Target is back to its ‘cheap chic’ roots but has to keep momentum

“I think about the work we did years ago with Cat & Jack — thinking about how important it is for us to connect with babies, kids, with those moms,” Cornell told CNBC earlier this month from inside one of the retailer’s recently remodeled locations in downtown Minneapolis. “And now we’ve taken some of that learning, and the team’s just gotten better and better.”

The company has rolled out 17 of its own brands, including A New Day for women’s clothing, Heyday for electronics accessories, and Opalhouse for whimsical home decor, since the start of 2017 and is on track to add eight more by the end of 2019. Cat & Jack, arguably one of the retailer’s most well-known brands today, reached $2 billion in sales just one year after its launch in 2016, selling trendy clothing for kids.

“We feel great about … the new brands that we’ve launched, but we’re going to do a lot more in ’19 and ’20,” Cornell said.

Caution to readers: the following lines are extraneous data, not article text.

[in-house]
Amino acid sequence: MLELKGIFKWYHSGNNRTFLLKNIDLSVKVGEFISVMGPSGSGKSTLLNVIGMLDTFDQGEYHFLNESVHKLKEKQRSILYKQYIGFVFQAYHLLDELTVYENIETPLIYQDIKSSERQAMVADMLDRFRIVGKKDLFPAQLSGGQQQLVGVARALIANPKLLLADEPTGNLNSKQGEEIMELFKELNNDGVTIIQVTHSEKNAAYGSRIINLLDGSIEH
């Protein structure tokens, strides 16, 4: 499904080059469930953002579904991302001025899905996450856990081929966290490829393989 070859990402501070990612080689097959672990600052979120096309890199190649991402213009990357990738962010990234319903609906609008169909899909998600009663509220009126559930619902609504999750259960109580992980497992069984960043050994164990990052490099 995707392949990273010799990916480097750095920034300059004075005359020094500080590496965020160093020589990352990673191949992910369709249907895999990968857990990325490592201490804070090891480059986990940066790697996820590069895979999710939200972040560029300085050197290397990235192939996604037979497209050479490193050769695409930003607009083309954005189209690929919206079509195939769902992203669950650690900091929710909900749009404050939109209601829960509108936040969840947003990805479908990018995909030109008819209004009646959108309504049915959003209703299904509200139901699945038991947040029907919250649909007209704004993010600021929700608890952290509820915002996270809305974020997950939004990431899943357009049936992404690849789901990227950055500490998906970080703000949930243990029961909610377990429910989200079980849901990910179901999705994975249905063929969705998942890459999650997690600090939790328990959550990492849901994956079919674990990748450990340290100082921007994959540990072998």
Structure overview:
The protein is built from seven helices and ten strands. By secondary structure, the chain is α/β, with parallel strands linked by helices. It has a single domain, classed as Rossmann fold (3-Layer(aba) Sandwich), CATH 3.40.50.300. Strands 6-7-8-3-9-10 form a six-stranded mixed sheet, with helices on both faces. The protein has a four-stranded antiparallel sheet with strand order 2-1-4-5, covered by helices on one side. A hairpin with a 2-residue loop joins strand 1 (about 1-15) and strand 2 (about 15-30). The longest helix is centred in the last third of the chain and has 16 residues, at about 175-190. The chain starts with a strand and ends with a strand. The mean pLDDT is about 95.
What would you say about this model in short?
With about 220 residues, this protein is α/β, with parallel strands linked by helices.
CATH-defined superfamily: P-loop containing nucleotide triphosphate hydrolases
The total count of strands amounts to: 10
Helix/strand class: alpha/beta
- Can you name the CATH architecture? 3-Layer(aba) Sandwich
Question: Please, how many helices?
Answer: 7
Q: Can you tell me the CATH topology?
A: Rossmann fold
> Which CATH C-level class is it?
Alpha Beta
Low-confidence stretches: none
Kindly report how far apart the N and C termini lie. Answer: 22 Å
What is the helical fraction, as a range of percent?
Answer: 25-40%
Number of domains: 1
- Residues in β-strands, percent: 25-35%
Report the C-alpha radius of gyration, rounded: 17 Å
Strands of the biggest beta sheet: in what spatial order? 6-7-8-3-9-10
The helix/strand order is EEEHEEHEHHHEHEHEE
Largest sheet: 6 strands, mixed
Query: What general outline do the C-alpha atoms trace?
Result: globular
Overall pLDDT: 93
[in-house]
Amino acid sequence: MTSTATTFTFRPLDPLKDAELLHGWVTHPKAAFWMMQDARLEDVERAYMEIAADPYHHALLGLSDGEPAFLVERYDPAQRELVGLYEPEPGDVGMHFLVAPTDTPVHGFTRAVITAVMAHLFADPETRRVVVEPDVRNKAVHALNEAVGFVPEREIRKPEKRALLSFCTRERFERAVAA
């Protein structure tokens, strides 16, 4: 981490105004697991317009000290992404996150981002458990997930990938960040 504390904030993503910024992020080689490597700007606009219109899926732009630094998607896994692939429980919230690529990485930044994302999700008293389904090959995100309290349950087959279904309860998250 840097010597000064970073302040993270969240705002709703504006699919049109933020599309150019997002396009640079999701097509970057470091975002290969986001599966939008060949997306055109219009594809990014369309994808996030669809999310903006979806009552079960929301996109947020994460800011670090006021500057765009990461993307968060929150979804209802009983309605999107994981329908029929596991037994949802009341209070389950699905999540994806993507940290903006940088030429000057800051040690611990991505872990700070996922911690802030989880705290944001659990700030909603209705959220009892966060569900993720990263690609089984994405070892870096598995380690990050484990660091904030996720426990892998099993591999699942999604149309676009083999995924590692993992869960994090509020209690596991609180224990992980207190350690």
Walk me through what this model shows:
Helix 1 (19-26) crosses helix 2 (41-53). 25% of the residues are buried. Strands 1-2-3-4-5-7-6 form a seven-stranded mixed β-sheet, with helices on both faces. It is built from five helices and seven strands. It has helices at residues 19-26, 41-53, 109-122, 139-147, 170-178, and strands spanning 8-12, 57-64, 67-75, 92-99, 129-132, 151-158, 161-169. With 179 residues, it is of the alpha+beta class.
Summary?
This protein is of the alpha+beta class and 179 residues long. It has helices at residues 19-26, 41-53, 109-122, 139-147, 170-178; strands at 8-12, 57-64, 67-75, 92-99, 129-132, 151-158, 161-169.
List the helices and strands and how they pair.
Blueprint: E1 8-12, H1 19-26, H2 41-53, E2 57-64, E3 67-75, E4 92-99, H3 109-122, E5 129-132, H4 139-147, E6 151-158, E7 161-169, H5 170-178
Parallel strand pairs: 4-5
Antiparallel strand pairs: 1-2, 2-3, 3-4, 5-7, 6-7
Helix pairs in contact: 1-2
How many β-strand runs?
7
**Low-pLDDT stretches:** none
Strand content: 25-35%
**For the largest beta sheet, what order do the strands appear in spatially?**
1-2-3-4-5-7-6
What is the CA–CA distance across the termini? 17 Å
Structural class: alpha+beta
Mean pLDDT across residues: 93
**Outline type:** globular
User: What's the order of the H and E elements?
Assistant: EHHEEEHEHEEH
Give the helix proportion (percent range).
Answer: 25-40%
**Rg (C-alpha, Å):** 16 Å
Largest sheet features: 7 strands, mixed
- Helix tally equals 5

For Target, these in-house brands and one-on-one collaborations with popular names such as Hunter and Lilly Pulitzer, more recently, also help fuel profit margins and give the retailer more control over inventory in stores. This has been especially important as Target pours more money into its supply chain to speed things like online delivery, which weighs on the bottom line.

“Now we’re back to Tar-Jay,” Moody’s analyst Charlie O’Shea told CNBC. “As a retailer today, you have to give the consumer a reason to come into your store or click on a website, and exclusive brands are No. 1 in that process. I would guess that Target’s brands so far are doing better than the company thought they would.”

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